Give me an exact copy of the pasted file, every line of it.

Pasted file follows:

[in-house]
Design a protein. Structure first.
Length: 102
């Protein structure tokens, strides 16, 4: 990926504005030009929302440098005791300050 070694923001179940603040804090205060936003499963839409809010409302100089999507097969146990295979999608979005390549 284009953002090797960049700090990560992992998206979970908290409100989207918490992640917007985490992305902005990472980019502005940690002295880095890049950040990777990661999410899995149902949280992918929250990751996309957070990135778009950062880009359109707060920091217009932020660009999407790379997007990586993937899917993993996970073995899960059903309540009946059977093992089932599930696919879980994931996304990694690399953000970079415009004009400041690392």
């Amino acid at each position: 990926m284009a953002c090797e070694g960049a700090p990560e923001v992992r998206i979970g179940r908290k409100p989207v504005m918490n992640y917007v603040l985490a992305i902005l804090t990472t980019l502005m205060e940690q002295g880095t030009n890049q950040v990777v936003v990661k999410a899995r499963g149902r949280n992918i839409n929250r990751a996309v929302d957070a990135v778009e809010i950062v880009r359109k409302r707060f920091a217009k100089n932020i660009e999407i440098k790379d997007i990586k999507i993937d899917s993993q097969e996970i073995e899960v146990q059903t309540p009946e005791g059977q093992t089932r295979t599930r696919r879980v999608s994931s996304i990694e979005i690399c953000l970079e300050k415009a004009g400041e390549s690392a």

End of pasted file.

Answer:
[in-house]
Design a protein. Structure first.
Length: 102
């Protein structure tokens, strides 16, 4: 990926504005030009929302440098005791300050 070694923001179940603040804090205060936003499963839409809010409302100089999507097969146990295979999608979005390549 284009953002090797960049700090990560992992998206979970908290409100989207918490992640917007985490992305902005990472980019502005940690002295880095890049950040990777990661999410899995149902949280992918929250990751996309957070990135778009950062880009359109707060920091217009932020660009999407790379997007990586993937899917993993996970073995899960059903309540009946059977093992089932599930696919879980994931996304990694690399953000970079415009004009400041690392």
């Amino acid at each position: 990926m284009a953002c090797e070694g960049a700090p990560e923001v992992r998206i979970g179940r908290k409100p989207v504005m918490n992640y917007v603040l985490a992305i902005l804090t990472t980019l502005m205060e940690q002295g880095t030009n890049q950040v990777v936003v990661k999410a899995r499963g149902r949280n992918i839409n929250r990751a996309v929302d957070a990135v778009e809010i950062v880009r359109k409302r707060f920091a217009k100089n932020i660009e999407i440098k790379d997007i990586k999507i993937d899917s993993q097969e996970i073995e899960v146990q059903t309540p009946e005791g059977q093992t089932r295979t599930r696919r879980v999608s994931s996304i990694e979005i690399c953000l970079e300050k415009a004009g400041e390549s690392a």